Talk:The Black Island/GA1

From Wikipedia, the free encyclopedia
Jump to: navigation, search

GA Review[edit]

Article (edit | visual edit | history) · Article talk (edit | history) · Watch

Reviewer: Prhartcom (talk · contribs) 21:21, 3 January 2014 (UTC) Comment There is a great deal of passive voice in this article, as I have come to expect with this author. Some passive voice is okay. The best use of passive voice is when the subject of the sentence is less important than the object (i.e. "Tintin was sent to Russia" is passive voice and is better than "Tintin's editor sent Tintin to Russia" because we don't care who did the sending, in this case). However, much of the passive voice present in this article would sound better in active voice (i.e. instead of "the island is being used as a base for the forgers" change to "the forgers are using the island as a base") and should be corrected. A great number of sentences in this article would require this. Remember, we want the subject of the sentence to receive the action, not the object. (Note: I once found that "http://spellcheck24.net" may be of some help; there are also other tools.) Good luck. Prhartcom (talk) 21:21, 3 January 2014 (UTC)

Thanks Prhartcom; I take it that this passive voice is particularly apparent in the "Synopsis" section ? Midnightblueowl (talk) 22:09, 3 January 2014 (UTC)
No, it's all throughout the article. I wish I could show you. Let me see if I can create a separate talk page that identifies which sentences have the problem. Stay tuned. Prhartcom (talk) 22:14, 3 January 2014 (UTC)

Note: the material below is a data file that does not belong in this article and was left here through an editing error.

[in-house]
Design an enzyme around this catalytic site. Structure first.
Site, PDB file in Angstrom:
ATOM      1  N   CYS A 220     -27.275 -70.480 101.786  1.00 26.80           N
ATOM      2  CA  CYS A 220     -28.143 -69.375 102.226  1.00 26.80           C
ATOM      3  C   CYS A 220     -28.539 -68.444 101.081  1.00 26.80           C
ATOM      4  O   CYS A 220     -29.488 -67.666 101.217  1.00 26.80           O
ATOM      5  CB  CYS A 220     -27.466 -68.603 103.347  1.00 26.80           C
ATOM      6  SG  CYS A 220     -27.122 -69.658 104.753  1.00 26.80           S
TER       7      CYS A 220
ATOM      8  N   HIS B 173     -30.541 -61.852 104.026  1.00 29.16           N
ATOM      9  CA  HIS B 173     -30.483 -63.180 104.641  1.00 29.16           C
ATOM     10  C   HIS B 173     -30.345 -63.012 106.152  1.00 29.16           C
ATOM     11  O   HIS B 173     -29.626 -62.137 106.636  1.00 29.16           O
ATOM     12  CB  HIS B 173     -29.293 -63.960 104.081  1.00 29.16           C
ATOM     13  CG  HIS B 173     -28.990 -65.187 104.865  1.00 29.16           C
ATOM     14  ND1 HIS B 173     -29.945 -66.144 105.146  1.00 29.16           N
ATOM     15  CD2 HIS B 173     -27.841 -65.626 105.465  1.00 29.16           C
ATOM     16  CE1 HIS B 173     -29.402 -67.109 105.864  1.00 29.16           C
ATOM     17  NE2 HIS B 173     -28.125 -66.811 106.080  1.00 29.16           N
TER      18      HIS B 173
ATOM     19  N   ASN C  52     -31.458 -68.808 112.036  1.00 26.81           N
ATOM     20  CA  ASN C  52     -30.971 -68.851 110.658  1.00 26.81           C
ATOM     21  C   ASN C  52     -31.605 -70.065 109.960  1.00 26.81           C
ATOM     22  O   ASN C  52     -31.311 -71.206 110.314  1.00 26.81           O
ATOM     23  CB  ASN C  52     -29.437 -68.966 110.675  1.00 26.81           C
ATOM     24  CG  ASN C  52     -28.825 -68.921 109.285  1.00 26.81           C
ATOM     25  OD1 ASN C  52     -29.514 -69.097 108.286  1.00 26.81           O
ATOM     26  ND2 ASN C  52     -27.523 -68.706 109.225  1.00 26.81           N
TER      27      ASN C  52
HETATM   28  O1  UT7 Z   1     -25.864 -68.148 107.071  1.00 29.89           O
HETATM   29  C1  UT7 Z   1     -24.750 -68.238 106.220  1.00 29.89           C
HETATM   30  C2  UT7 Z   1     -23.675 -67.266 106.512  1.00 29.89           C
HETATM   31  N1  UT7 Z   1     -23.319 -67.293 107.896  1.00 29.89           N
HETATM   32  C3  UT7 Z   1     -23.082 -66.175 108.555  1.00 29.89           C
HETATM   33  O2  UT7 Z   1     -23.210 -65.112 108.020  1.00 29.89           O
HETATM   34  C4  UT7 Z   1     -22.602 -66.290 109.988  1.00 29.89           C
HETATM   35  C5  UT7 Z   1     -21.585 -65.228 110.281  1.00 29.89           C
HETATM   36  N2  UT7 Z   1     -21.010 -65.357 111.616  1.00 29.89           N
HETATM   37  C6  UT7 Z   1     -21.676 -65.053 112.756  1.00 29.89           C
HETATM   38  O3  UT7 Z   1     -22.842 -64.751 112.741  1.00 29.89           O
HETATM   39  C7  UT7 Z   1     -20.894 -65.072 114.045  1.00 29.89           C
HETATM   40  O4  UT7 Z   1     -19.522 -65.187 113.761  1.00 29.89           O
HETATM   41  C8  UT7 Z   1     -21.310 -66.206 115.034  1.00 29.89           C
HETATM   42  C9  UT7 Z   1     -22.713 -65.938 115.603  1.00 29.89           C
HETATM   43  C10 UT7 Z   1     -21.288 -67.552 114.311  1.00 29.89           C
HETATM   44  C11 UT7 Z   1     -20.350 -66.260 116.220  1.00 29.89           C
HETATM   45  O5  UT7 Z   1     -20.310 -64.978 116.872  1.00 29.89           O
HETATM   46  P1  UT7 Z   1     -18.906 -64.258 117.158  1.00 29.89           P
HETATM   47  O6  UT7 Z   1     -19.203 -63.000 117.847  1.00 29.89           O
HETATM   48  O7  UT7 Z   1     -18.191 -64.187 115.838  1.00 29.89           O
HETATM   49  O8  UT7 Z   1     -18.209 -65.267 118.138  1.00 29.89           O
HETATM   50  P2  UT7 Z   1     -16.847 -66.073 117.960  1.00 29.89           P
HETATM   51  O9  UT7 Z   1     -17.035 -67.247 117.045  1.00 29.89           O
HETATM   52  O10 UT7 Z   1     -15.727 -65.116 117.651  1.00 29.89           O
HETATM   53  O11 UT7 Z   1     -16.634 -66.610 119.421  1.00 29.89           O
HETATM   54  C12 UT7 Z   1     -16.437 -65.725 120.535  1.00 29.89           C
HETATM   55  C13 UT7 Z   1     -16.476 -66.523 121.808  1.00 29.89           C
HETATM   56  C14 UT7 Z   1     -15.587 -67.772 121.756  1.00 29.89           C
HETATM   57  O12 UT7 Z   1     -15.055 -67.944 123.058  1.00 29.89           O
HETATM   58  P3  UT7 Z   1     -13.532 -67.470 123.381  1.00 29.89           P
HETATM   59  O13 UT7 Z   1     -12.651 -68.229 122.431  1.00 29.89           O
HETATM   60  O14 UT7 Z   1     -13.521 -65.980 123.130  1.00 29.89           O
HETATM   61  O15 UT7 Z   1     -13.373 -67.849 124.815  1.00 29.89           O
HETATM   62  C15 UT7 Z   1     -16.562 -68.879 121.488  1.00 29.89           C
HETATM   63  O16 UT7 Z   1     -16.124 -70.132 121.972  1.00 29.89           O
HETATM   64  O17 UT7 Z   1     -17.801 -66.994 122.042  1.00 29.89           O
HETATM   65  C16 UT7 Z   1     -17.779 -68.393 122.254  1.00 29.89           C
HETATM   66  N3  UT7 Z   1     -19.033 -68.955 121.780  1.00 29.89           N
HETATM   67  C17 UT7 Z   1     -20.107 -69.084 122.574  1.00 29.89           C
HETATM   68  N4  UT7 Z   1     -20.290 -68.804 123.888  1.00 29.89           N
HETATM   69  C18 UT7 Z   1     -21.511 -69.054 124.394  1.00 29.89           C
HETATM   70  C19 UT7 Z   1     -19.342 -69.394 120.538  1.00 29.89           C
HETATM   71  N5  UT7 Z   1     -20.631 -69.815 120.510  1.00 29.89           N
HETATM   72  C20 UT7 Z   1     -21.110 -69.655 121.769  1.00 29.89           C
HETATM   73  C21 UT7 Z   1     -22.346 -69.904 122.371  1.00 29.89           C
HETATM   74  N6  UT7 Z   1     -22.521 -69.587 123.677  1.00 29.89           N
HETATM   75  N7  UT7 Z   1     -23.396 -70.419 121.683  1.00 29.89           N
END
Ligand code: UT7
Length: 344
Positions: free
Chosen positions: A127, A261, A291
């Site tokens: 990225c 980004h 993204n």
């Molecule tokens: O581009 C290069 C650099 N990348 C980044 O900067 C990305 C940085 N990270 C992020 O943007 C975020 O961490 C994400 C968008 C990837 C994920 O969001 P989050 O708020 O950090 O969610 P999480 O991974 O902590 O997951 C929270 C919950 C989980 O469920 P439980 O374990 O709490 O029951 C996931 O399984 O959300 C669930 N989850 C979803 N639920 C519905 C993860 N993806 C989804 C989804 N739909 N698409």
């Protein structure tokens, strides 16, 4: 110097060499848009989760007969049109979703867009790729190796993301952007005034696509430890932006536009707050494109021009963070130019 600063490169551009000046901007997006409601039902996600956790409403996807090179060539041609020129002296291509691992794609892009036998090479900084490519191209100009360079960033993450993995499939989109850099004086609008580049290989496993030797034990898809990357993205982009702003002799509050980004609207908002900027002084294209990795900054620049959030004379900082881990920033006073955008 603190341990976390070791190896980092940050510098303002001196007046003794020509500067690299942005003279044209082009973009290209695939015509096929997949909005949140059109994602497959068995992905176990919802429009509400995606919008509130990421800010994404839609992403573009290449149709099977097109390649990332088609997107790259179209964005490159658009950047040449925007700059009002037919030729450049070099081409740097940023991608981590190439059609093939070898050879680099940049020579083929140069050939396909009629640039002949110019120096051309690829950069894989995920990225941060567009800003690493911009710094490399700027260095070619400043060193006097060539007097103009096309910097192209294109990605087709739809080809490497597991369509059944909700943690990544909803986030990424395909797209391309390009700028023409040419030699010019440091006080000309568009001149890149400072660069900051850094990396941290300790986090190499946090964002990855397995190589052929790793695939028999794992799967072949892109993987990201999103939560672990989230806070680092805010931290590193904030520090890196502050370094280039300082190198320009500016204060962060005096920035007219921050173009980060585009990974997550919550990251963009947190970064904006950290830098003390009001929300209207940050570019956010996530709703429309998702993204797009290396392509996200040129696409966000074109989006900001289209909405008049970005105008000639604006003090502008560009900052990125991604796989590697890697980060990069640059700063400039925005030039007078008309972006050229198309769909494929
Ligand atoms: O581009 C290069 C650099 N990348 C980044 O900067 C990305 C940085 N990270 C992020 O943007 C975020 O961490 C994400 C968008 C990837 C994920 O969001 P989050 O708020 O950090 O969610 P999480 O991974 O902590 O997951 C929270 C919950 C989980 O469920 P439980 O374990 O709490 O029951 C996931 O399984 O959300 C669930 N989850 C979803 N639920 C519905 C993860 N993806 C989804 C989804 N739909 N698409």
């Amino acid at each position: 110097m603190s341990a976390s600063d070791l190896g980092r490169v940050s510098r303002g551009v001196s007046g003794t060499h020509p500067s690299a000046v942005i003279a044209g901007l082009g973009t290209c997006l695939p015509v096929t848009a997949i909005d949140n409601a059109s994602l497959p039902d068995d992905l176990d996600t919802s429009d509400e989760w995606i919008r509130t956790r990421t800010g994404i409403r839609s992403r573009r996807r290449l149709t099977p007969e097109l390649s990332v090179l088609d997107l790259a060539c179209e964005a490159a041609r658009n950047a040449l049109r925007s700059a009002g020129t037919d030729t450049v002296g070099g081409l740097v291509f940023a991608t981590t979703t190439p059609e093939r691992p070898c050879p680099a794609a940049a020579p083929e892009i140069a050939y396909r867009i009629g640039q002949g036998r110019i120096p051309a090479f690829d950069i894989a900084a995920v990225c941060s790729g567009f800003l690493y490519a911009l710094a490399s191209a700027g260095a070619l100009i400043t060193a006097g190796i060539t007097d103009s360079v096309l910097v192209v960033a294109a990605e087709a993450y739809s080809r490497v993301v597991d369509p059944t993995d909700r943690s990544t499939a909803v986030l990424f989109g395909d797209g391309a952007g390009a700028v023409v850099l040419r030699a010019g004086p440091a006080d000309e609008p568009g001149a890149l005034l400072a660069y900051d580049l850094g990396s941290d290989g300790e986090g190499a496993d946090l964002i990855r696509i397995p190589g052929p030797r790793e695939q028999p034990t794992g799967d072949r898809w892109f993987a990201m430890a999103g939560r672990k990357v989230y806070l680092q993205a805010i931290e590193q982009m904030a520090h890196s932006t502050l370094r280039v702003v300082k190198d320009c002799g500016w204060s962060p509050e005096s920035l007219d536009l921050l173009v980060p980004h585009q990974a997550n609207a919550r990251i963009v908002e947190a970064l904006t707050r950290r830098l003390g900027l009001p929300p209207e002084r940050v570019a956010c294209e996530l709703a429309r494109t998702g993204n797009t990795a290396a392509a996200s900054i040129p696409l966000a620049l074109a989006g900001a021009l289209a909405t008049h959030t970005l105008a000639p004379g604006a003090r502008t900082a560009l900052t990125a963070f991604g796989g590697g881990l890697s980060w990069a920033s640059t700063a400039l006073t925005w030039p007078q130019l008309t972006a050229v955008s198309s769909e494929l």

Please see this page: Talk:The Black Island/Sandbox
I believe I have identified all of the passive voice in this article. You may decide some of it is better left as is (i.e. for the reason stated above). Hopefully though, this will help you realize that most of these sentences need to be rewritten in the more readable active voice. Good luck. Prhartcom (talk) 23:54, 3 January 2014 (UTC)
Thanks Prhartcom, I'll make some changes to remove this passive voice as much as possible. Midnightblueowl (talk) 12:33, 4 January 2014 (UTC)
Right, I think that I have dealt with the passive voice problem; there are a few instances left in, but I feel that they are too problematic to rephrase. Midnightblueowl (talk) 13:09, 4 January 2014 (UTC)
That is an improvement, great job, as I see you have excised much of the passive voice problem, and I hope you see for yourself that it is better now; clearer, more direct, more accurate, and more readable. What are your thoughts on the following (2nd req.) passive voice that I believe could be improved:
  • "The character was also partly influenced [passive voice] by the British soldier John Bagot Glubb" → "British soldier John Bagot Glubb was also an influence for the character of Müller"
  • "they felt that many British readers would find the depiction of Britain in the comic incredulous and out-of-date, drawing up a lists of 131 errors in story that they asked Hergé to rectify before it could be published [passive voice] in English" → "Methuen believed that many British readers would find the depiction of Britain in the comic incredulous and out-of-date, and drew up a list of 131 errors in story that they asked Hergé to rectify before they would publish it in English"
  • ""the prose was changed [passive voice] from "It's a television ..." → "Casterman changed the prose from "It's a television ..."
Sure thing. I've made these three changes; although in the third I've specified that it is Hergé, rather than Casterman, who brought about the change. I agree that in most instances, the removal of passive voice is an improvement, although I'm not sure that it's a particularly big deal myself. Certainly, I've never come across any other GA reviewers who've called me out on it; is there a Wikipedia policy out there that specifically advocates the removal of passive voice ? Midnightblueowl (talk) 23:39, 4 January 2014 (UTC)